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News » Dilfer, Frye, Dorsey . . . why not look at Harrell?


Dilfer, Frye, Dorsey . . . why not look at Harrell?


Dilfer, Frye, Dorsey . . . why not look at Harrell?
Here at the Next Level, the NFL scoffs at players like Graham Harrell, who was, among other things, fourth in the 2008 Heisman Trophy voting


He so dazzled the NFL at Texas Tech that he's a tryout player, not even an undrafted free agent, with the Browns .

And if anybody knows quarterbacks, it's the Browns the past 10 years, right?

Actually, the current Browns regime, which is giving Harrell this weekend at rookie minicamp to make an impression, can't be blamed for the past. That is a mess stretching from Ty Detmer to Bruce Gradkowski, with splatters at Doug Pedersen, Charlie Frye, Ken Dorsey and Trent Dilfer in between. The teeny-tiny peak of actual competence was compressed into Derek Anderson's 2007 season against break-but-don't-bend defenses.

Maybe the problem was the quality of defenses in the Big 12. Harrell has heard that criticism. "As much as everyone throws in the Big 12, you are going to run into some games where you give up some big points," said Harrell.

But it's not just volume of fire. It's Harrell's height (listed as 6-2, but probably 6-0), which, inconveniently, is the same as Drew Brees, an NFL success.

It's also the spread offense, which transfers to the NFL poorly, except for the Brees guy and the "basketball on grass" he played at Purdue.

NFL scouts frown on quarterbacks who take a shotgun snap seven steps deep and throw to five wideouts scurrying here and there. Yet Denver did that with Jay Cutler before he got into a snit. But Cutler was 6-3, 233, with an arm that was what paradise looked like to scouts.

NFL defenders are supposed to be too athletic for the spread to work, because the pass rush is fiercer, the need for something deep to vary the spread's dink passes is greater, and the ability of a QB to read a defense after the play has started is non-negotiable.

Harrell admitted the Browns' playbook is thick. "But it has a little bit of the spread concept," he said.

The Next Level, though, digs the long ball, so much so that Anderson could be as blithely inaccurate as an Oliver Stone biopic and still wow the coaches because, one supposes, he missed hard.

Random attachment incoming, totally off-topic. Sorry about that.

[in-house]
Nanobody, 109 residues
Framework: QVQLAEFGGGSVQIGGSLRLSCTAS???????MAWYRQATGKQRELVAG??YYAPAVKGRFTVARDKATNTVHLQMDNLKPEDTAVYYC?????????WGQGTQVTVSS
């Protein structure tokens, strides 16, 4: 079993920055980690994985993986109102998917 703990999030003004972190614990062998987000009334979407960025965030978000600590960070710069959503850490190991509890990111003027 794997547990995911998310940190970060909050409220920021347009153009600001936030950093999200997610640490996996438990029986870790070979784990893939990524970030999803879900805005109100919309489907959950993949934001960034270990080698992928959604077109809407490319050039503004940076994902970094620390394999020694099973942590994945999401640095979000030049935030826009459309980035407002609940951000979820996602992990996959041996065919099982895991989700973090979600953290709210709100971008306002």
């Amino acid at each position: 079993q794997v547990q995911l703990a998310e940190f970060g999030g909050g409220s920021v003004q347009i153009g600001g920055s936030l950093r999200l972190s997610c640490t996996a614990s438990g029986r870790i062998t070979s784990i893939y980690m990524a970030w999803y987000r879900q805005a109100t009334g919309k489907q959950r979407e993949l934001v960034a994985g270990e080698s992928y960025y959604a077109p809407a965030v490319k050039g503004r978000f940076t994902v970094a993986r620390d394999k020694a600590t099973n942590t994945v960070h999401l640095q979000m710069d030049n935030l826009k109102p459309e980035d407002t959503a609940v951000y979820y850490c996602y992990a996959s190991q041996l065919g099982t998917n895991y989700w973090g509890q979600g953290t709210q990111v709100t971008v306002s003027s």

"I have to prove I can make the throws," said Harrell. "But throwing the Football is throwing the Football."

Anderson, Brady Quinn, and Brett Ratliff, the latter acquired in the trade that sent Mark Sanchez to New York, are already here. So the Next Level for Harrell might be no more than the practice squad at first.

But what happened to giving value to a job well done, regardless of the tools used? Sanchez was ballyhooed, but he started just 16 college games. Curtis Painter, who led Purdue to a 4-8 record, was drafted, but Harrell was not.

"I thought Harrell did a nice job," said Mangini, "not just with his throws, but also the huddle mechanics, absorbing the information and being able to run the offense."

He said Harrell is here because "of the way he ran that offense, the success he had in the offense. For quarterbacks, to me, it's about their ability to operate the system, their ability to run the offense. Then, obviously, you have to look at a range of throws, the type of throws. I thought he was accurate the first two sessions."

At Texas Tech, Harrell completed almost 70 percent of more than 2,000 passes for almost nine miles in the air with 134 touchdowns to 34 interceptions.

The Browns have thrown a total of 135 touchdown passes the past seven seasons. They scored no offensive touchdowns in their last six games in 2008. Mangini gets credit for giving Harrell a look. This team could do a lot worse - and has.

To reach Bill Livingston: blivingston@plaind.com, 216-999-4672

Previous columns online: cleveland.com/columns



Author:Fox Sports
Author's Website:http://www.foxsports.com
Added: May 5, 2009

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